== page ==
Tom: OK let’s go further on, Tim. We can formulate the next concept or maybe misconception in the following way:
Myth #2. We do KYC requesting many documents from potential business partner. We ask for incorporation documents, tax certificates, and much more. We do it for several years and it looks to be an adequate KYC format. Please do not complicate things by referring to just trendy but unclear terms as “justification of partner’s engagement” or “fair market value of remuneration to potential business partner.” Tim, will you agree with this statement?
Tim: While it is always good to obtain plenty of “legal” documents so to say, which by the way might the requirement per respective local tax legislation demanding due KYC it is dangerous to ignore justification and FMV concepts. These are not just new and fancy trends but still some companies do not pay attention to these things.
What is justification in plain corporate language? Justification of business partner’s engagement is a reason why the company needs particular services along with reason why you need these services from that particular third party. Obviously, you cannot disregard this concept specifically operating at high-risk markets and taking in consideration FCPA enforcement practice.
Why Fair Market Value is important from practical prospective? If a company engages a TPI, which interacts on its behalf with governmental authorities, the remuneration rate should be of fair market value. I strongly recommend defining FMVs if Western company engages TPIs from emerging markets. I referred to KYC in the Compliance man illustrated series series which accompanies this episode.
What are your views, Tom?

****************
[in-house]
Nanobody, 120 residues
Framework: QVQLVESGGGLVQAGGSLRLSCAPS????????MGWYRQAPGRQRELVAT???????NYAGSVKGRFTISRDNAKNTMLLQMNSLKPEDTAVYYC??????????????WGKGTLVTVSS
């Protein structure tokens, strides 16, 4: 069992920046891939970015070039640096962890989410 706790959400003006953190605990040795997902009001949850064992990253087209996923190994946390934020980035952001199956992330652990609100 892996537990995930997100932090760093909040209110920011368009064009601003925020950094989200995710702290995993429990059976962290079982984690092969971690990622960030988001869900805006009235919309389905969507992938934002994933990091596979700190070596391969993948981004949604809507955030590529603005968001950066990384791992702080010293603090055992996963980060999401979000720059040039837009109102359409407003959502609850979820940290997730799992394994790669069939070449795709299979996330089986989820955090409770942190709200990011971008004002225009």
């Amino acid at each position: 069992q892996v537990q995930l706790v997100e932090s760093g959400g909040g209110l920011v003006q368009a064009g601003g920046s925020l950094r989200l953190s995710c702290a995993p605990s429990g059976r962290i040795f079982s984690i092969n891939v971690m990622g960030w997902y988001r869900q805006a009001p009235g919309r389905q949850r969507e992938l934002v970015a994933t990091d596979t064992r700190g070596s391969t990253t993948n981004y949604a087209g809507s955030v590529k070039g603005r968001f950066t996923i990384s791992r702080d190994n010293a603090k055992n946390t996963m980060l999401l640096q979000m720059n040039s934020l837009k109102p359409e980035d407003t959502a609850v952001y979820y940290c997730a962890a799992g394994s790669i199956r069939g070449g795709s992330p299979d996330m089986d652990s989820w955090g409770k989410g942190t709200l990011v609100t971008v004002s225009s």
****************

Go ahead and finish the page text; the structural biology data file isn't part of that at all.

Tom: While I generally agree, Tim there are some bottlenecks which compliance practitioner has to consider.
The business justification is so critical that is mandatory in my mind. It is one of the best ways to fully ‘operationalize’ compliance because if the business representative cannot justify why they want to do business with a new business partner, you company should not be doing business with that person. The business representative is much closer to the front lines of the business and a compliance practitioner not necessarily in the best position to define whether justification of TPI’s engagement is well grounded. Thus, it is critical for Compliance officer to establish trustworthy relations with business team aimed on getting impartial and non-biased opinion on justification for TPI’s engagement.
Fair Market Value is a very important concept. The bottleneck here is the following: for some services like legal for instance the range of remuneration might vary dramatically. Another risk is that for some services (as business consulting for instance) it is highly difficult to define FMV at particular market.
Tim: Agreed, Tom. As key takeaways from today discussion, I think we can mention the following:
- In the process of KYC Compliance officer, should not only collect incorporation documents but also having good contact with business team obtain justification of TPI’s engagement and ensure that TPI’s remuneration is of fair market value.
Tom: Fair enough, Tim. It looks to be a practical tip.
Join us for the next episode of Compliance Man Go Global episode of FCPA Compliance Report International Edition. Let’s bust more corporate compliance myths with us.